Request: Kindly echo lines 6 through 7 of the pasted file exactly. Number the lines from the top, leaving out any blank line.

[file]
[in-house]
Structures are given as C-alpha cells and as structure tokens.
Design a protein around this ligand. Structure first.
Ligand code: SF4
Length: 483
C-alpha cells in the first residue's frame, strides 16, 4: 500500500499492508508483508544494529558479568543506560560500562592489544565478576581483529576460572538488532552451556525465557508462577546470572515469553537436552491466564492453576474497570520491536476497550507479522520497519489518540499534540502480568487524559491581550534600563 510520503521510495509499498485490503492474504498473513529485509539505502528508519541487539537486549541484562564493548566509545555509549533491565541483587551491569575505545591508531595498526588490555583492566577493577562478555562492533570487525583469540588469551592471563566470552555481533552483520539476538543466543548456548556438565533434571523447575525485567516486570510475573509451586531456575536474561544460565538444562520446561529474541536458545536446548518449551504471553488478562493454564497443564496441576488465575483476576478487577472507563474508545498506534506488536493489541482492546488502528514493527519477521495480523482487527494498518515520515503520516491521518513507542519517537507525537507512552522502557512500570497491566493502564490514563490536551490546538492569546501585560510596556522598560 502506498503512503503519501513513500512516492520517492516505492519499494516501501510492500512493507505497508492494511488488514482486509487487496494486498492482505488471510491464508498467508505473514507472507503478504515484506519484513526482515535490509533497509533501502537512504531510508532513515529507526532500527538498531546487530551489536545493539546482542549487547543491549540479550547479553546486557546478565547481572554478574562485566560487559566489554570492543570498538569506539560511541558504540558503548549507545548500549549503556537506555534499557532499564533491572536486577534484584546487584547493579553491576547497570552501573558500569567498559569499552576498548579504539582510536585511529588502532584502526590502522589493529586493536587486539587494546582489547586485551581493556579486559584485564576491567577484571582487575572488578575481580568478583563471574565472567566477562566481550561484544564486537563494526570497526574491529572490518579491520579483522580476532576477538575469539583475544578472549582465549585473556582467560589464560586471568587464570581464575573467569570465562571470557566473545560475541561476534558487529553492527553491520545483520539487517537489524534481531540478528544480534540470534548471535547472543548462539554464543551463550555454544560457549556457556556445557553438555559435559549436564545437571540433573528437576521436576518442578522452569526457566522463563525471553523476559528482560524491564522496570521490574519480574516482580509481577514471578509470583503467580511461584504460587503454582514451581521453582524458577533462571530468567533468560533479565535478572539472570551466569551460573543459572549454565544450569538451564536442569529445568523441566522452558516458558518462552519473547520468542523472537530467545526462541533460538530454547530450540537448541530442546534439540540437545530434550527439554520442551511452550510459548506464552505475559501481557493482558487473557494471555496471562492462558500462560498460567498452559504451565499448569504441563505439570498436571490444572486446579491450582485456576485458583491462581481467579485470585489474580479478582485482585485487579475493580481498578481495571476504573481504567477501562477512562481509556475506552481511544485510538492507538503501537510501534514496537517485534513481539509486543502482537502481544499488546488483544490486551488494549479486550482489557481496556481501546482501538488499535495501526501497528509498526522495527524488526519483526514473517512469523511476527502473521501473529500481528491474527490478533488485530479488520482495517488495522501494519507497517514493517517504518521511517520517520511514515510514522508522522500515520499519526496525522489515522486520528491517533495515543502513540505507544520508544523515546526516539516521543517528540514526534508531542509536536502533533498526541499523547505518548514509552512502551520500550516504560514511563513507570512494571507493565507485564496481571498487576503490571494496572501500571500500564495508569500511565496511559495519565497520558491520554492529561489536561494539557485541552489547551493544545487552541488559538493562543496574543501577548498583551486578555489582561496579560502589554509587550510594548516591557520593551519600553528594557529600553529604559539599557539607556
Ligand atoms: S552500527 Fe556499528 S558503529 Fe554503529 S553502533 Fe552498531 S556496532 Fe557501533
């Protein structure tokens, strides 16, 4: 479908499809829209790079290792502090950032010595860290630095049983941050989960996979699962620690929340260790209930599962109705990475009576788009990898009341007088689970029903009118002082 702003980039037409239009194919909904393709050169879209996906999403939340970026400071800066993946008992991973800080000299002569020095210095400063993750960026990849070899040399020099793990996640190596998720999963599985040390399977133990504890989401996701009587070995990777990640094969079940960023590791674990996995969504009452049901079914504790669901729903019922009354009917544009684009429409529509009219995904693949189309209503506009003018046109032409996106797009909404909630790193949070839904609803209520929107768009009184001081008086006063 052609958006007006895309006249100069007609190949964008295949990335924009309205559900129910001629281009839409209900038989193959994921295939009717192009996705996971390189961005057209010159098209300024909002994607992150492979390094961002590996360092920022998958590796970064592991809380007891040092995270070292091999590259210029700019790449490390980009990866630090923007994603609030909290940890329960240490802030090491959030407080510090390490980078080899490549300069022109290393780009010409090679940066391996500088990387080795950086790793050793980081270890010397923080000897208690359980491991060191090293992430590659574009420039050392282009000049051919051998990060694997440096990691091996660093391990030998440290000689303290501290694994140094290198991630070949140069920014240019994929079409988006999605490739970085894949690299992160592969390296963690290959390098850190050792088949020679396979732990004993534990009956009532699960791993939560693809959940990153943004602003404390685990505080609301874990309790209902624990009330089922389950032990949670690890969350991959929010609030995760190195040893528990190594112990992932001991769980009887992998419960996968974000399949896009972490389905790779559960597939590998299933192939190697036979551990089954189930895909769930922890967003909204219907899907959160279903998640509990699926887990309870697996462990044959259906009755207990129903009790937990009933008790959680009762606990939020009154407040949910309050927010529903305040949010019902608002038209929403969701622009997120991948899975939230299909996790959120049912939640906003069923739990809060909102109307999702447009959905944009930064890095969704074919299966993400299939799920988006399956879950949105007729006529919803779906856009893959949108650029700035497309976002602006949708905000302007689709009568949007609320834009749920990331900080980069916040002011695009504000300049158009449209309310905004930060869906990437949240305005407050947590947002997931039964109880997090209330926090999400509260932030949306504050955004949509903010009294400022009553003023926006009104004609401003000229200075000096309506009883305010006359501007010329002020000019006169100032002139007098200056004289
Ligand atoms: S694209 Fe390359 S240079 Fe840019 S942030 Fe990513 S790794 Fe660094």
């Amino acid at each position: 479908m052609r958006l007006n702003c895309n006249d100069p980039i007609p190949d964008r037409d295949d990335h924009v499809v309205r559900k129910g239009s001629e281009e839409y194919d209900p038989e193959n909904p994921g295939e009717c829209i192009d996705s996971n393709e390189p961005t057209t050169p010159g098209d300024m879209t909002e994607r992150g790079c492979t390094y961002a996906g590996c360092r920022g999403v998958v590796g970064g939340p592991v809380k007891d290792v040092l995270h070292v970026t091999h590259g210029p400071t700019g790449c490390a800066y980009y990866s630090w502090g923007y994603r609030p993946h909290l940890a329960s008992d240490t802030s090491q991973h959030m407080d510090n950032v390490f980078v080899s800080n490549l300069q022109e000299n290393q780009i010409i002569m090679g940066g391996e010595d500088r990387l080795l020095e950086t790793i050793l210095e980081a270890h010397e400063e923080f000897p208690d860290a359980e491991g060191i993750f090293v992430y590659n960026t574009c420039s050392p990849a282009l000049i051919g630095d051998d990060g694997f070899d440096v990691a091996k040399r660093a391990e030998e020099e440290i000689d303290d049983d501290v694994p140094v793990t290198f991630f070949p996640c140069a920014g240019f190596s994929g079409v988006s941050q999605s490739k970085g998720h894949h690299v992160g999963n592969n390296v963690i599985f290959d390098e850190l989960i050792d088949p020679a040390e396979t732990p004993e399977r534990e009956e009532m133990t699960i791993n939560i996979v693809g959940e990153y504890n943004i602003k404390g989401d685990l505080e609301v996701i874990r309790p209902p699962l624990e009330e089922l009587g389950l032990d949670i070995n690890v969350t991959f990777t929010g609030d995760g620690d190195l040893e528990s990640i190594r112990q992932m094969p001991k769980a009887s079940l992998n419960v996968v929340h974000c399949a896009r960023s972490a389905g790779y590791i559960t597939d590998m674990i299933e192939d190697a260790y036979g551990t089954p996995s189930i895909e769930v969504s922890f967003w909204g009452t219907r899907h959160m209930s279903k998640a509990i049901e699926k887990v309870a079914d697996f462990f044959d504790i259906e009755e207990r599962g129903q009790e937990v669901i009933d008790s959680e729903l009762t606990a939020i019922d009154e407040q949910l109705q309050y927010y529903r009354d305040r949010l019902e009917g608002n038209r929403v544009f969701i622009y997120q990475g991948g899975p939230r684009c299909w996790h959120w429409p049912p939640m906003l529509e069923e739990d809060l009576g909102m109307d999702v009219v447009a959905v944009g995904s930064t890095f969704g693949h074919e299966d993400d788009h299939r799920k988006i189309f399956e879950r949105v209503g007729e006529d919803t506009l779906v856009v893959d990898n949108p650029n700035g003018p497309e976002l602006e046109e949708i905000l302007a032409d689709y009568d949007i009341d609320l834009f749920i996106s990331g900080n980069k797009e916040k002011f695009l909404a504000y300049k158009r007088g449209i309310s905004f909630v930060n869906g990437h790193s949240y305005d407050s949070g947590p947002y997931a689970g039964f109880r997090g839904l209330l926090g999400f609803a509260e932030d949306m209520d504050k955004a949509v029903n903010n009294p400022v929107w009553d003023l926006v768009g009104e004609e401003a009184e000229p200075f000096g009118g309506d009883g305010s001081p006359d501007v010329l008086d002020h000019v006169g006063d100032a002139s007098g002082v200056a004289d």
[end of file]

C-alpha cells in the first residue's frame, strides 16, 4: 500500500499492508508483508544494529558479568543506560560500562592489544565478576581483529576460572538488532552451556525465557508462577546470572515469553537436552491466564492453576474497570520491536476497550507479522520497519489518540499534540502480568487524559491581550534600563 510520503521510495509499498485490503492474504498473513529485509539505502528508519541487539537486549541484562564493548566509545555509549533491565541483587551491569575505545591508531595498526588490555583492566577493577562478555562492533570487525583469540588469551592471563566470552555481533552483520539476538543466543548456548556438565533434571523447575525485567516486570510475573509451586531456575536474561544460565538444562520446561529474541536458545536446548518449551504471553488478562493454564497443564496441576488465575483476576478487577472507563474508545498506534506488536493489541482492546488502528514493527519477521495480523482487527494498518515520515503520516491521518513507542519517537507525537507512552522502557512500570497491566493502564490514563490536551490546538492569546501585560510596556522598560 502506498503512503503519501513513500512516492520517492516505492519499494516501501510492500512493507505497508492494511488488514482486509487487496494486498492482505488471510491464508498467508505473514507472507503478504515484506519484513526482515535490509533497509533501502537512504531510508532513515529507526532500527538498531546487530551489536545493539546482542549487547543491549540479550547479553546486557546478565547481572554478574562485566560487559566489554570492543570498538569506539560511541558504540558503548549507545548500549549503556537506555534499557532499564533491572536486577534484584546487584547493579553491576547497570552501573558500569567498559569499552576498548579504539582510536585511529588502532584502526590502522589493529586493536587486539587494546582489547586485551581493556579486559584485564576491567577484571582487575572488578575481580568478583563471574565472567566477562566481550561484544564486537563494526570497526574491529572490518579491520579483522580476532576477538575469539583475544578472549582465549585473556582467560589464560586471568587464570581464575573467569570465562571470557566473545560475541561476534558487529553492527553491520545483520539487517537489524534481531540478528544480534540470534548471535547472543548462539554464543551463550555454544560457549556457556556445557553438555559435559549436564545437571540433573528437576521436576518442578522452569526457566522463563525471553523476559528482560524491564522496570521490574519480574516482580509481577514471578509470583503467580511461584504460587503454582514451581521453582524458577533462571530468567533468560533479565535478572539472570551466569551460573543459572549454565544450569538451564536442569529445568523441566522452558516458558518462552519473547520468542523472537530467545526462541533460538530454547530450540537448541530442546534439540540437545530434550527439554520442551511452550510459548506464552505475559501481557493482558487473557494471555496471562492462558500462560498460567498452559504451565499448569504441563505439570498436571490444572486446579491450582485456576485458583491462581481467579485470585489474580479478582485482585485487579475493580481498578481495571476504573481504567477501562477512562481509556475506552481511544485510538492507538503501537510501534514496537517485534513481539509486543502482537502481544499488546488483544490486551488494549479486550482489557481496556481501546482501538488499535495501526501497528509498526522495527524488526519483526514473517512469523511476527502473521501473529500481528491474527490478533488485530479488520482495517488495522501494519507497517514493517517504518521511517520517520511514515510514522508522522500515520499519526496525522489515522486520528491517533495515543502513540505507544520508544523515546526516539516521543517528540514526534508531542509536536502533533498526541499523547505518548514509552512502551520500550516504560514511563513507570512494571507493565507485564496481571498487576503490571494496572501500571500500564495508569500511565496511559495519565497520558491520554492529561489536561494539557485541552489547551493544545487552541488559538493562543496574543501577548498583551486578555489582561496579560502589554509587550510594548516591557520593551519600553528594557529600553529604559539599557539607556
Ligand atoms: S552500527 Fe556499528 S558503529 Fe554503529 S553502533 Fe552498531 S556496532 Fe557501533